All this may sound scary to some parents who have been trained to always look as if they are in control and "competent".

When the child learns that his parents are truly dependent upon the grace of God and that they need God's help, he will see that God is very real and not just a "belief" that is talked about in an abstract way.

Being this kind of role model may sound a bit daring, but I believe it's well worth the risk.  He are some reasons:
  1. Through your honesty children learn that it's okay to be less than perfect.
  2. As you model honesty before your child, you have tremendous opportunities to build intimacy and a strong parent-child relationship.
  3. As you model honesty you have opportunities to share in your faith in God with your child.
This blog is proof that I don't know everything there is about parenting, that I am learning on a daily basis, that I make mistakes, and that I need the Lord for wisdom, strength, and forgiveness- constantly.  As Addie gets older and is curious about what I have written, she will see in black and white that Mommy is not perfect (very hard for a first-born to admit).  Is this the only place that she will come to that conclusion?  No.  I have had to say, "I'm sorry, Jesus.  I'm sorry, Addie," when I have not looked at the entire situation before making a decision and then found that I was wrong.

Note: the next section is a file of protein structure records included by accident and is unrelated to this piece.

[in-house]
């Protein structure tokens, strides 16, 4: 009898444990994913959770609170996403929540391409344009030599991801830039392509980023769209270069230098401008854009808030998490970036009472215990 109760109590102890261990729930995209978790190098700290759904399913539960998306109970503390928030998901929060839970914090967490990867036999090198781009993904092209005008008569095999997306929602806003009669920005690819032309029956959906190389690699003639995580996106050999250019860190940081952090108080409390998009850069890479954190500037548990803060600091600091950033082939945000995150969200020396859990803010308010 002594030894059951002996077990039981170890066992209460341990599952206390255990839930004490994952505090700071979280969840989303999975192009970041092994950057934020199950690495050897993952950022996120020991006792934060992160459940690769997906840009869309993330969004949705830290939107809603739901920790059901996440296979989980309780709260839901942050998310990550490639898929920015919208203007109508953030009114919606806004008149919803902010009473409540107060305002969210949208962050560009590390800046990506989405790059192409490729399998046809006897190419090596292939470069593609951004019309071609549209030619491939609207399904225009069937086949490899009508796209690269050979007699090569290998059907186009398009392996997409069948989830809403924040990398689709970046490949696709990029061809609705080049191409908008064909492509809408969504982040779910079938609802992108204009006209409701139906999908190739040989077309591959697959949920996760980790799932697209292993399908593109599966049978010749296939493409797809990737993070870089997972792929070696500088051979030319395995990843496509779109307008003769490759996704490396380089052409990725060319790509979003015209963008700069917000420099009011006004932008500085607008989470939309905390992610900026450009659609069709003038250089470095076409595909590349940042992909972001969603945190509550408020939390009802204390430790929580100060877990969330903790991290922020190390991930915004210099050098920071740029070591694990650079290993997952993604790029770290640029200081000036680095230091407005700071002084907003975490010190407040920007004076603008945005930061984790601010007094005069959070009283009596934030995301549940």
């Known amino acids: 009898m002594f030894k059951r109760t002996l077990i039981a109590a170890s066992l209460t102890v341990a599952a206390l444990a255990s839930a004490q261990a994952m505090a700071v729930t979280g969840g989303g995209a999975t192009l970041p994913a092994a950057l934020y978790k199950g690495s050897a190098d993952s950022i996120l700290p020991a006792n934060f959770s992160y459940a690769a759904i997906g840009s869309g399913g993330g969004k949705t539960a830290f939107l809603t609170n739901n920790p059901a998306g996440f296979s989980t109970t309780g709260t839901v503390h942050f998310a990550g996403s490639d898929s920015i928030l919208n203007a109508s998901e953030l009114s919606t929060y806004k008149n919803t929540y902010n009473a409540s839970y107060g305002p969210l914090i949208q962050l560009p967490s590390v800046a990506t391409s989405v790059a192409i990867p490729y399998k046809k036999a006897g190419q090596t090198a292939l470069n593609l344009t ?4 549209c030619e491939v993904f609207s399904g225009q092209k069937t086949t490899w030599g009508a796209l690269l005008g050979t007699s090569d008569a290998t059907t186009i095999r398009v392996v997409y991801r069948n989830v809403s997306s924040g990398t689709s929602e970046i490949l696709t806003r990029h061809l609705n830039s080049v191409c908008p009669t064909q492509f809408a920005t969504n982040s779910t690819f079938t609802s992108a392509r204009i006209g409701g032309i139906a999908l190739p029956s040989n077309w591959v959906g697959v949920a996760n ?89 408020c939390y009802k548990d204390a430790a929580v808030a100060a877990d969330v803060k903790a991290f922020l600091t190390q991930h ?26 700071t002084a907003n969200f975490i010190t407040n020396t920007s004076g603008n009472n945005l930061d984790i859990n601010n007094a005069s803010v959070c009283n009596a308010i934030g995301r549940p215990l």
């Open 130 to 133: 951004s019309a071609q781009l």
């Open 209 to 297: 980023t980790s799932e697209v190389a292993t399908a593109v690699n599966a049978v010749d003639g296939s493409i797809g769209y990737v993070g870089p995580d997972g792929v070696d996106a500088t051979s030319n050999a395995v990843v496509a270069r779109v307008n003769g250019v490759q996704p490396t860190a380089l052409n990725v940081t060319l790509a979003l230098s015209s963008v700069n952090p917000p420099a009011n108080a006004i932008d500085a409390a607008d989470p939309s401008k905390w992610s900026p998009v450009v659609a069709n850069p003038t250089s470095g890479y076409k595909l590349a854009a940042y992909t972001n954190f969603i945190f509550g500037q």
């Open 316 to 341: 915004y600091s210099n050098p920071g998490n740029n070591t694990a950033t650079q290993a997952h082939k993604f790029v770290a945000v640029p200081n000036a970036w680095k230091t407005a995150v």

Is it easy to do?  Honestly, because I decided from the beginning that I would be honest with Addie when the fault is mine, it has been easier than I expected.  The first time was probably the hardest (and I can't even remember when it was), but as time has gone on, it has become easier.  And because she is such a smart girl, she would easily know if my pride was getting in the way or if I was being honest with her.  I want her to always know that Mommy values her relationship with the Lord and with Addie more than her pride.